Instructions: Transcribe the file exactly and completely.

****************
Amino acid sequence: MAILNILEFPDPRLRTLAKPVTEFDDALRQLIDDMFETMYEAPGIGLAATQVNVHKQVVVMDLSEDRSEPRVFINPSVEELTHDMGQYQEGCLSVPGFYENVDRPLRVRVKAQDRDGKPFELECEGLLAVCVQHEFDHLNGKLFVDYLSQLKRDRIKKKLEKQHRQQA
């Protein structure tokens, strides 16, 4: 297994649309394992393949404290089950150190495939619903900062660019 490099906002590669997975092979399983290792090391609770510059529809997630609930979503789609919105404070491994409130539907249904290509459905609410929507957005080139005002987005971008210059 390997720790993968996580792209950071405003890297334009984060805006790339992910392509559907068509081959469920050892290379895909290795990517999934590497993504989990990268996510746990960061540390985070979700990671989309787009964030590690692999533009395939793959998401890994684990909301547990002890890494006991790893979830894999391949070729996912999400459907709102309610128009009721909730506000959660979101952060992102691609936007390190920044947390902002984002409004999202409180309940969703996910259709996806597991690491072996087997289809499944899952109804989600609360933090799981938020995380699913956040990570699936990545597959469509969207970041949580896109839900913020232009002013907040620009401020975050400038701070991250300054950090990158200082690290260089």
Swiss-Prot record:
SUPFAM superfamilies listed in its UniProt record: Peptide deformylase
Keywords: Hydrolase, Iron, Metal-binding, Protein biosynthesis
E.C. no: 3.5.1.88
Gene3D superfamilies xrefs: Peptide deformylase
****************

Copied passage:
Amino acid sequence: MAILNILEFPDPRLRTLAKPVTEFDDALRQLIDDMFETMYEAPGIGLAATQVNVHKQVVVMDLSEDRSEPRVFINPSVEELTHDMGQYQEGCLSVPGFYENVDRPLRVRVKAQDRDGKPFELECEGLLAVCVQHEFDHLNGKLFVDYLSQLKRDRIKKKLEKQHRQQA
């Protein structure tokens, strides 16, 4: 297994649309394992393949404290089950150190495939619903900062660019 490099906002590669997975092979399983290792090391609770510059529809997630609930979503789609919105404070491994409130539907249904290509459905609410929507957005080139005002987005971008210059 390997720790993968996580792209950071405003890297334009984060805006790339992910392509559907068509081959469920050892290379895909290795990517999934590497993504989990990268996510746990960061540390985070979700990671989309787009964030590690692999533009395939793959998401890994684990909301547990002890890494006991790893979830894999391949070729996912999400459907709102309610128009009721909730506000959660979101952060992102691609936007390190920044947390902002984002409004999202409180309940969703996910259709996806597991690491072996087997289809499944899952109804989600609360933090799981938020995380699913956040990570699936990545597959469509969207970041949580896109839900913020232009002013907040620009401020975050400038701070991250300054950090990158200082690290260089």
Swiss-Prot record:
SUPFAM superfamilies listed in its UniProt record: Peptide deformylase
Keywords: Hydrolase, Iron, Metal-binding, Protein biosynthesis
E.C. no: 3.5.1.88
Gene3D superfamilies xrefs: Peptide deformylase